Ben Stokes – the cricketer’s cricketer – rose to the occasion for England once more, writes Cameron Ponsonby.

As Naseem Shah was busy bowling the best spell without reward since Harry Potter accidentally blew up his aunt in The Prisoner of Azkaban, Ben Stokes stood there and laughed.

It was exhibition cricket on the largest stage of all. The format of crash, bang, wallop transformed into a Test match with a very strict time-limit. Stokes left the first ball he faced in his innings and played and missed at roughly a thousand more in the overs thereafter. More often than not, just after the ball had crashed into Mohammad Rizwan’s gloves behind him he’d push his hand out in front of him from left-to-right in the universal symbol of, “that did f***ing loads”.

As this went on and on, the pressure of the occasion only served to increase and so too did the responsibility resting on Stokes’ shoulders.

T20 cricket is only 19 years old and still going through a teenage angst in trying to understand what in life should be valued and what shouldn’t. Old cricketing wisdom tells you that batters should “be selfish” and not to leave it to the next player. Modern advances argue the opposite: teams have 10 wickets for a reason and that resource should be used. What if, for instance, in putting the game on his back, Stokes had got out when 45 was required off 29 balls, hs innings ending on 24 off 35 balls with England needing an unlikely nine an over to win?

It is possible that in years to come, innings like Stokes’ at Melbourne, an unbeaten 52 off 49 balls, become obsolete. Teams that bat all the way down (Adil Rashid has 10 first-class centuries, don’t you know) means chases of 140 may be boom-or-bust events. But that’s a hypothetical of tomorrow and not the reality of today.

A crease in the sheet of T20 cricket that this tournament presented was the Kookaburra ball striking back. In an interview in the latest Wisden Cricket Monthly, Harry Brook spoke of the need he felt during England’s loss to Ireland to hit one into the stand in order to scuff up the ball so it’d stop swinging. Lively pitches and livelier balls meant that the need for batsmanship as much as pure striking made its return to the format. What was needed wasn’t a T20 great, but a pure and simple cricketing one.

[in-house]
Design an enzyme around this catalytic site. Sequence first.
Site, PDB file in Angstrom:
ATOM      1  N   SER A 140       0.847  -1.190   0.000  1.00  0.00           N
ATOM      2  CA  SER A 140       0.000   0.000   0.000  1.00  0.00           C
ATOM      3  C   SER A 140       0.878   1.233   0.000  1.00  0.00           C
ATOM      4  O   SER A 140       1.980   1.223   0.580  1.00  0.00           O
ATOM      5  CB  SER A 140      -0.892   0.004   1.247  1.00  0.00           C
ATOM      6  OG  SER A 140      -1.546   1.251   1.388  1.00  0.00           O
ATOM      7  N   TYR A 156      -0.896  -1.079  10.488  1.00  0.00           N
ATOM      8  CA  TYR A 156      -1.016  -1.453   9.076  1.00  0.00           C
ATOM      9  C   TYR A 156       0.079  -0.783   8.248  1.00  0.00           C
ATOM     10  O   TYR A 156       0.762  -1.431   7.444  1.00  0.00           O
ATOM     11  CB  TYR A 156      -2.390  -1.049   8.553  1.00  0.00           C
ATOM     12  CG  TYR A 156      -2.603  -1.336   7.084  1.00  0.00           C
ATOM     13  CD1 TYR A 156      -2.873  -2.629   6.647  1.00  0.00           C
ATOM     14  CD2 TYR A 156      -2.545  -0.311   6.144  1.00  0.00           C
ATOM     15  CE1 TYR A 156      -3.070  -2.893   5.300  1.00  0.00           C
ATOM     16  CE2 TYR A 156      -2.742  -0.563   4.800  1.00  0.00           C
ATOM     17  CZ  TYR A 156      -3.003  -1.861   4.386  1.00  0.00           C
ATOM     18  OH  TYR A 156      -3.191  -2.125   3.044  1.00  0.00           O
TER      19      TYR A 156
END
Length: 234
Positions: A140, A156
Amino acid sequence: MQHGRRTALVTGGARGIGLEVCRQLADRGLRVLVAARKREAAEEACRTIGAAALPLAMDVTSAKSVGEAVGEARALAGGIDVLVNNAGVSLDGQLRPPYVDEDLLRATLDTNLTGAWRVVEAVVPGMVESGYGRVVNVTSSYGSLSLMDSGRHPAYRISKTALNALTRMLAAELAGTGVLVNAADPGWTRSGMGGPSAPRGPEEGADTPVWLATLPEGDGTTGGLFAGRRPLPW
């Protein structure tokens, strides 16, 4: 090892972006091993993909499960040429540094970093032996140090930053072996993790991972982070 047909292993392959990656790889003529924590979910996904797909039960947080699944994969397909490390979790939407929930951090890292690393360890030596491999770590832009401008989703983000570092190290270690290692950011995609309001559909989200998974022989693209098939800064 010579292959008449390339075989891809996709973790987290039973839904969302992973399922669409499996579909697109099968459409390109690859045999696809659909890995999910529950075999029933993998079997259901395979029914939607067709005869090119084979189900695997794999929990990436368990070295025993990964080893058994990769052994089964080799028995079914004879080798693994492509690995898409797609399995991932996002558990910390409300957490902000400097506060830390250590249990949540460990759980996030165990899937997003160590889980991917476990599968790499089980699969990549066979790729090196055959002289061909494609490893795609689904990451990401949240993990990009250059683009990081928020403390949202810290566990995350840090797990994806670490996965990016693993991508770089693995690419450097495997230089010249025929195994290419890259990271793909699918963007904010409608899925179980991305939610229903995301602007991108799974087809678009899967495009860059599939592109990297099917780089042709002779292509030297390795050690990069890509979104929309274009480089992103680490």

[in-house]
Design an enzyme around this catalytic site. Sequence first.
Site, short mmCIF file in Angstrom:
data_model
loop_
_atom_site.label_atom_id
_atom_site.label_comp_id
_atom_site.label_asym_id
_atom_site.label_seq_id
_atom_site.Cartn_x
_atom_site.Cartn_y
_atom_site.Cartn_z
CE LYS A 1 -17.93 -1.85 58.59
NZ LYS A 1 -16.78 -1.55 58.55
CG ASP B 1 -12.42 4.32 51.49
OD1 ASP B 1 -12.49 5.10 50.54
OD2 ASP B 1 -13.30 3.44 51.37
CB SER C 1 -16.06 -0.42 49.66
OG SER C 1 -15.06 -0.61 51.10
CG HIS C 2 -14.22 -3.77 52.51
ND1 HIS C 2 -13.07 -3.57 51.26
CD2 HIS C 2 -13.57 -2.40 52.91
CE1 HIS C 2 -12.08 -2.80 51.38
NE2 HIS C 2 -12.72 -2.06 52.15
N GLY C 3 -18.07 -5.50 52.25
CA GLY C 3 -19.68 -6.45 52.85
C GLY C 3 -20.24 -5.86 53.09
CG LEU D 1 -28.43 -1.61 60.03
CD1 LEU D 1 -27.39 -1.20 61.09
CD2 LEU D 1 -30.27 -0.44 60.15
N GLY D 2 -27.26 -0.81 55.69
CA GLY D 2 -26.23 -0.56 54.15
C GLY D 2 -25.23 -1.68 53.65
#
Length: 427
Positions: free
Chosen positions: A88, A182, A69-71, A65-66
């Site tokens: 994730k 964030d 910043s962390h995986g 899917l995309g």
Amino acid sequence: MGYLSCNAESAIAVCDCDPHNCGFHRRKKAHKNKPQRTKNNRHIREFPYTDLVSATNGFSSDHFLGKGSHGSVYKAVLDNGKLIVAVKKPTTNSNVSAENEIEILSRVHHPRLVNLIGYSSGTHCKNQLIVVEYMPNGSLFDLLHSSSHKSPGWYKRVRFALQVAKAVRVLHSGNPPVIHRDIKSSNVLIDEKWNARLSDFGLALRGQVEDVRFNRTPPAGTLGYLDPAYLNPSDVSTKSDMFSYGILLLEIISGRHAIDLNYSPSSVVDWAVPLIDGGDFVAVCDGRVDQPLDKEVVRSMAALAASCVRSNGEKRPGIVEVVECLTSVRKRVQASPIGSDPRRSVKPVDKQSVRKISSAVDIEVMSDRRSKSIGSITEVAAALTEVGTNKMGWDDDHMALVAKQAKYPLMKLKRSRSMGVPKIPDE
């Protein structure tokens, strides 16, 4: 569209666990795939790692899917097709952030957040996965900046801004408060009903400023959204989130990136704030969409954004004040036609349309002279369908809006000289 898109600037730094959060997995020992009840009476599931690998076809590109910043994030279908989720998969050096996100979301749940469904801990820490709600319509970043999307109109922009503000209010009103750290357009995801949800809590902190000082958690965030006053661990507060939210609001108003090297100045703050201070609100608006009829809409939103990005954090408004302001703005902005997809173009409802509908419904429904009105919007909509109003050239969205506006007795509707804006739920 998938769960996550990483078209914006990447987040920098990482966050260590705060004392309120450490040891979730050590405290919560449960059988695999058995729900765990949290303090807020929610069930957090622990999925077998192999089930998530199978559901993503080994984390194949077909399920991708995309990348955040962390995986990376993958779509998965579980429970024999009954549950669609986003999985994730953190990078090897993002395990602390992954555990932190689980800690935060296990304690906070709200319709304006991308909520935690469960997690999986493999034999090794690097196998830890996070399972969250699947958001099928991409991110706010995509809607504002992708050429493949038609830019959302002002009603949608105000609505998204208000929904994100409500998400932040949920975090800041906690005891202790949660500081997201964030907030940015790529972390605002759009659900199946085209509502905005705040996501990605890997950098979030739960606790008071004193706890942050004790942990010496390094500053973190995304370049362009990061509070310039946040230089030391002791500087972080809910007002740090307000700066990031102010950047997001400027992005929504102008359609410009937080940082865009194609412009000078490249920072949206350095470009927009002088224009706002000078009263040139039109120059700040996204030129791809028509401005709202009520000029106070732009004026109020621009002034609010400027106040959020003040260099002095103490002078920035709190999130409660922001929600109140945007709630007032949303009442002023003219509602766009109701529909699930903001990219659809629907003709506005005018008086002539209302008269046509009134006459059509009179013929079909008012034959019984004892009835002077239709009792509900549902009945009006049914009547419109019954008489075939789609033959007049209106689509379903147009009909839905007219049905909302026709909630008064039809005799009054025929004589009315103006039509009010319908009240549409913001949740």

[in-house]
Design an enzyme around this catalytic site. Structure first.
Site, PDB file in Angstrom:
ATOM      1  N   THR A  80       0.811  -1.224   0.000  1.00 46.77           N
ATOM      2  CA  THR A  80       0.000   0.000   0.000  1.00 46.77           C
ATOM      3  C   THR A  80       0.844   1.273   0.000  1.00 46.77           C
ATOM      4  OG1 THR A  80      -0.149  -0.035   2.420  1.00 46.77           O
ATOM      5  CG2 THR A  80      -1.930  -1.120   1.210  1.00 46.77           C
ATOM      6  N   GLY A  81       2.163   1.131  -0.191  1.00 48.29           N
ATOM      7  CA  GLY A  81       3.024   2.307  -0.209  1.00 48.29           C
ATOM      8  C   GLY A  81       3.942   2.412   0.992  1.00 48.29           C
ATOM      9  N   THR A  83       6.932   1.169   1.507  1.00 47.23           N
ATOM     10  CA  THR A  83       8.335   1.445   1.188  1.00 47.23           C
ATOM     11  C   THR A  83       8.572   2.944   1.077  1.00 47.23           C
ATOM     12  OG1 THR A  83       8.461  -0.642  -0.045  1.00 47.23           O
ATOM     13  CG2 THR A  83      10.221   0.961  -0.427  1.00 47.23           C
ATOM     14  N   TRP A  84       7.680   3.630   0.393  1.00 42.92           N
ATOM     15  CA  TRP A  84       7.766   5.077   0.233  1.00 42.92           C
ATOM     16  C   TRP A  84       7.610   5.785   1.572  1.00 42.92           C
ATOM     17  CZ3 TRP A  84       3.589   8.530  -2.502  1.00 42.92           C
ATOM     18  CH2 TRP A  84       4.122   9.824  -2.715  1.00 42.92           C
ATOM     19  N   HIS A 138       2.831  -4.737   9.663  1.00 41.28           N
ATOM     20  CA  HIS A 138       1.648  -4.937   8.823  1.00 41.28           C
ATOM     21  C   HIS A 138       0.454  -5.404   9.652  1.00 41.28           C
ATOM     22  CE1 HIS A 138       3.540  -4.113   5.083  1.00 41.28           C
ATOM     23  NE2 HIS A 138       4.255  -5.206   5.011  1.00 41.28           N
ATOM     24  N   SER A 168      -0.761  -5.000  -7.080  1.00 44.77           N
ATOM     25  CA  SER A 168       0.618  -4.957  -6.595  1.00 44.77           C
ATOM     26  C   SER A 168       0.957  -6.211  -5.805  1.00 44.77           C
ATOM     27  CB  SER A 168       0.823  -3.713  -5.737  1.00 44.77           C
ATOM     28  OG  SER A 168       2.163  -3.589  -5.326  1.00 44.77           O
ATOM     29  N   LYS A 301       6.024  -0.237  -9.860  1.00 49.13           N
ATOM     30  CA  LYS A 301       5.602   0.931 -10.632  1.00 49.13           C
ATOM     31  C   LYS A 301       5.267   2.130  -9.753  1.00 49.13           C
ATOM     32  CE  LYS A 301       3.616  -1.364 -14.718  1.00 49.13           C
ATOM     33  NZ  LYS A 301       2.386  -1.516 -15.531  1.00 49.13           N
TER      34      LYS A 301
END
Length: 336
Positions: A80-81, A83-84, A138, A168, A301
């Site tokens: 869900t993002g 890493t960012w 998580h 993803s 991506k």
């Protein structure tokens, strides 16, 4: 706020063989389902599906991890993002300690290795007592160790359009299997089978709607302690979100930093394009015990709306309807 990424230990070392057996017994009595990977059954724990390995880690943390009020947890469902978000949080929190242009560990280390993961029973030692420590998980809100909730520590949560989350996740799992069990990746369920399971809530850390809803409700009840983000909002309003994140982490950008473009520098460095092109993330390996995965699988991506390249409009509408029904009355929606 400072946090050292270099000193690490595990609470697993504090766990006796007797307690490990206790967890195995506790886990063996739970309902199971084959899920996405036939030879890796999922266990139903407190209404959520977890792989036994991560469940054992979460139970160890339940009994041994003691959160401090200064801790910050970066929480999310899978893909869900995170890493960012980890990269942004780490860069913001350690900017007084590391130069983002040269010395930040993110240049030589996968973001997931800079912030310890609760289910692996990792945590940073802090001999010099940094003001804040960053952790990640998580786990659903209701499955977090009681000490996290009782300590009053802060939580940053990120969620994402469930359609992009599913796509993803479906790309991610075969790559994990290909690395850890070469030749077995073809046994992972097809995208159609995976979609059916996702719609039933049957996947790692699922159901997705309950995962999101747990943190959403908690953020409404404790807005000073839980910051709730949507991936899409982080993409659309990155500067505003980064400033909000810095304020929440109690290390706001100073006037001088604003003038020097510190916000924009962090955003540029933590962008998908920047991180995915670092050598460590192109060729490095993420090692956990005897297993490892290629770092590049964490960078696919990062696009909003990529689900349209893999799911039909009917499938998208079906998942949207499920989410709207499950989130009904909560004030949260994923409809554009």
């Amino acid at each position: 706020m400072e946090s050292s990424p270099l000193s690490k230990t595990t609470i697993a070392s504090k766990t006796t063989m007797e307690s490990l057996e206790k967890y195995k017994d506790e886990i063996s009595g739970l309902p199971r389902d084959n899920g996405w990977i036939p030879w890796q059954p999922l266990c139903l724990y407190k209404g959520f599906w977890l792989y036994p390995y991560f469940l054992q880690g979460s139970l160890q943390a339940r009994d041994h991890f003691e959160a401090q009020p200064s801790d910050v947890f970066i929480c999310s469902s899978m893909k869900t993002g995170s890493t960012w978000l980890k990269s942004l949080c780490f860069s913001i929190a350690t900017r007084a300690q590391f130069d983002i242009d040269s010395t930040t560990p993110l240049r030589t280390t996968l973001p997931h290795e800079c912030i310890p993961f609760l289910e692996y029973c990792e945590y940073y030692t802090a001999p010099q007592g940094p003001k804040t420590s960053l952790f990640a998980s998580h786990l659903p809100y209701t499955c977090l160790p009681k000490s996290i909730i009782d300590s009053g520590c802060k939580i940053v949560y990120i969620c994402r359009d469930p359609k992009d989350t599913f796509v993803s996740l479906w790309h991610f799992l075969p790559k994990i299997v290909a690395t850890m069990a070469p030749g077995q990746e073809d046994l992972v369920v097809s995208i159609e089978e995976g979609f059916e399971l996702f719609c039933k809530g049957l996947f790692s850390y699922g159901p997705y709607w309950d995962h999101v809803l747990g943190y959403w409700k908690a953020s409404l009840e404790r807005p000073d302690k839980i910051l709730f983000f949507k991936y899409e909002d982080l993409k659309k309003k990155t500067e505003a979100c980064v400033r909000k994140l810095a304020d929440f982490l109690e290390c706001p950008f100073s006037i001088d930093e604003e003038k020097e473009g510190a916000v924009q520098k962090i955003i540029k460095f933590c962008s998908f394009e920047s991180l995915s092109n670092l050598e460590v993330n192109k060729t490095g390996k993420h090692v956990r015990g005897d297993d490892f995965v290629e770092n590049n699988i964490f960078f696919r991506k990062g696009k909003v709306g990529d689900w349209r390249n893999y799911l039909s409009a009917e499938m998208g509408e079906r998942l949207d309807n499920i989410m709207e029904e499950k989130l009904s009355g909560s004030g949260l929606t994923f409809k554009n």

“The wickets have been a bit spicy,” said Pakistan’s Shan Masood after the final. “In these conditions, you realise how important it is to put your ego aside, consolidate, build platforms and finish well.

“It’s probably a bit of old-style cricket, with the bigger boundaries and the quality of the bowling, batsmen were certainly humbled and a lot of people had to change their games.”

And on that front there’s a reason that Stokes’ is the cricketer’s cricketer. What may come of the sport tomorrow isn’t known, but of what we know now, it’s that when quality is needed in quantity, there’s no-one else in the world that the best would rather have by their side.

“He always stands up in the biggest moments,” said his skipper Jos Buttler. “He’s a man who can take a lot of pressure on his shoulders and perform, and with him in the middle you know you’ve got a good chance. [I’m] just so proud of him, pleased for him that he’s stood up and done it again.”

Again being the key word. Stokes had already won England one World Cup in 2019 and single-handedly given them arguably their greatest Test victory of all time that same summer. And yet, there was still a redemption arc to his night out under Melbourne’s lights. Not on a national level – that was never necessary for the reasons laid out above. But on a personal one, as any ghosts of 2016 were laid to rest. Having lost one T20 World Cup final quickly, Stokes won a second slowly.

“It certainly wasn’t his most fluent innings or probably didn’t time the ball as well as he can,” said Buttler, “but you knew he was never going to go down without a fight and stand up and be there at the end.

“He’s obviously never let that 2016 final sort of push him back, and you think of the things he’s gone on to achieve in his career since then is just amazing. He’s one of the great players of English cricket.”